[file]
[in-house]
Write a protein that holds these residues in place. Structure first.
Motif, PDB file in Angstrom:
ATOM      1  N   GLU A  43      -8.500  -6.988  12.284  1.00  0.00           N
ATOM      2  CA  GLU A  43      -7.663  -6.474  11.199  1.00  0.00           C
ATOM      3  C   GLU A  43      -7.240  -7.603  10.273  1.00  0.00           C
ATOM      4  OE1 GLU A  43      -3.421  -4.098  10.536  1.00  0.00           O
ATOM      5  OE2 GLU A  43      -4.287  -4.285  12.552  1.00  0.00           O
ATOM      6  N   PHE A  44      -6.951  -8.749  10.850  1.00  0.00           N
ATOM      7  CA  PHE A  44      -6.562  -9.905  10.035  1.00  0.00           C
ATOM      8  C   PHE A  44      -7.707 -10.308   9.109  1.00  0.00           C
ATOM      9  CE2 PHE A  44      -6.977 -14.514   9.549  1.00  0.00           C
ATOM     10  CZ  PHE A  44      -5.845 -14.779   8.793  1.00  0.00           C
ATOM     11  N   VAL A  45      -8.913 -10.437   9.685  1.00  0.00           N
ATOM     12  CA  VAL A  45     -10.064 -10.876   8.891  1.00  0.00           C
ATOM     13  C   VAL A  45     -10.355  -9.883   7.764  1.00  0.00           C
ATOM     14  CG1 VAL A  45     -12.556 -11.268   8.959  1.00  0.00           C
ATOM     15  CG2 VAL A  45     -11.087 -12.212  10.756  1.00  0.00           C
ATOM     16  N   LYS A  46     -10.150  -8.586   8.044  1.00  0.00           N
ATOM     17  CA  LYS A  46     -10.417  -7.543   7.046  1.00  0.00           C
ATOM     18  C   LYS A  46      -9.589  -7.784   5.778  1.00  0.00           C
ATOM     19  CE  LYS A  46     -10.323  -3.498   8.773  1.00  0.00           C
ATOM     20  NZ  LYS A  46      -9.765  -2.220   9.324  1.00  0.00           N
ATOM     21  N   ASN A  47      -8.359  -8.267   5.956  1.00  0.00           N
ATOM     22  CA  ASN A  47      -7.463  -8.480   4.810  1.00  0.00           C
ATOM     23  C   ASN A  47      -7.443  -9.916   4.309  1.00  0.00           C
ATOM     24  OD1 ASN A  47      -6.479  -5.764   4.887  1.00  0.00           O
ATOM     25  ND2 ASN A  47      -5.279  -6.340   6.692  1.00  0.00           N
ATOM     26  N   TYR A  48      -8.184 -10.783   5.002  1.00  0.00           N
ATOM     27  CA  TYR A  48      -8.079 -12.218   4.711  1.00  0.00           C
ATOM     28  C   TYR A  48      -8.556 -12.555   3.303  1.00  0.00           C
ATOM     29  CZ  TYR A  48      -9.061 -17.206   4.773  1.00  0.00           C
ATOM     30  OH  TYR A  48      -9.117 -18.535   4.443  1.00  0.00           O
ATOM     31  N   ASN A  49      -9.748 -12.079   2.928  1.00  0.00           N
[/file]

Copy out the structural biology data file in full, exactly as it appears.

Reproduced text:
[in-house]
Write a protein that holds these residues in place. Structure first.
Motif, PDB file in Angstrom:
ATOM      1  N   GLU A  43      -8.500  -6.988  12.284  1.00  0.00           N
ATOM      2  CA  GLU A  43      -7.663  -6.474  11.199  1.00  0.00           C
ATOM      3  C   GLU A  43      -7.240  -7.603  10.273  1.00  0.00           C
ATOM      4  OE1 GLU A  43      -3.421  -4.098  10.536  1.00  0.00           O
ATOM      5  OE2 GLU A  43      -4.287  -4.285  12.552  1.00  0.00           O
ATOM      6  N   PHE A  44      -6.951  -8.749  10.850  1.00  0.00           N
ATOM      7  CA  PHE A  44      -6.562  -9.905  10.035  1.00  0.00           C
ATOM      8  C   PHE A  44      -7.707 -10.308   9.109  1.00  0.00           C
ATOM      9  CE2 PHE A  44      -6.977 -14.514   9.549  1.00  0.00           C
ATOM     10  CZ  PHE A  44      -5.845 -14.779   8.793  1.00  0.00           C
ATOM     11  N   VAL A  45      -8.913 -10.437   9.685  1.00  0.00           N
ATOM     12  CA  VAL A  45     -10.064 -10.876   8.891  1.00  0.00           C
ATOM     13  C   VAL A  45     -10.355  -9.883   7.764  1.00  0.00           C
ATOM     14  CG1 VAL A  45     -12.556 -11.268   8.959  1.00  0.00           C
ATOM     15  CG2 VAL A  45     -11.087 -12.212  10.756  1.00  0.00           C
ATOM     16  N   LYS A  46     -10.150  -8.586   8.044  1.00  0.00           N
ATOM     17  CA  LYS A  46     -10.417  -7.543   7.046  1.00  0.00           C
ATOM     18  C   LYS A  46      -9.589  -7.784   5.778  1.00  0.00           C
ATOM     19  CE  LYS A  46     -10.323  -3.498   8.773  1.00  0.00           C
ATOM     20  NZ  LYS A  46      -9.765  -2.220   9.324  1.00  0.00           N
ATOM     21  N   ASN A  47      -8.359  -8.267   5.956  1.00  0.00           N
ATOM     22  CA  ASN A  47      -7.463  -8.480   4.810  1.00  0.00           C
ATOM     23  C   ASN A  47      -7.443  -9.916   4.309  1.00  0.00           C
ATOM     24  OD1 ASN A  47      -6.479  -5.764   4.887  1.00  0.00           O
ATOM     25  ND2 ASN A  47      -5.279  -6.340   6.692  1.00  0.00           N
ATOM     26  N   TYR A  48      -8.184 -10.783   5.002  1.00  0.00           N
ATOM     27  CA  TYR A  48      -8.079 -12.218   4.711  1.00  0.00           C
ATOM     28  C   TYR A  48      -8.556 -12.555   3.303  1.00  0.00           C
ATOM     29  CZ  TYR A  48      -9.061 -17.206   4.773  1.00  0.00           C
ATOM     30  OH  TYR A  48      -9.117 -18.535   4.443  1.00  0.00           O
ATOM     31  N   ASN A  49      -9.748 -12.079   2.928  1.00  0.00           N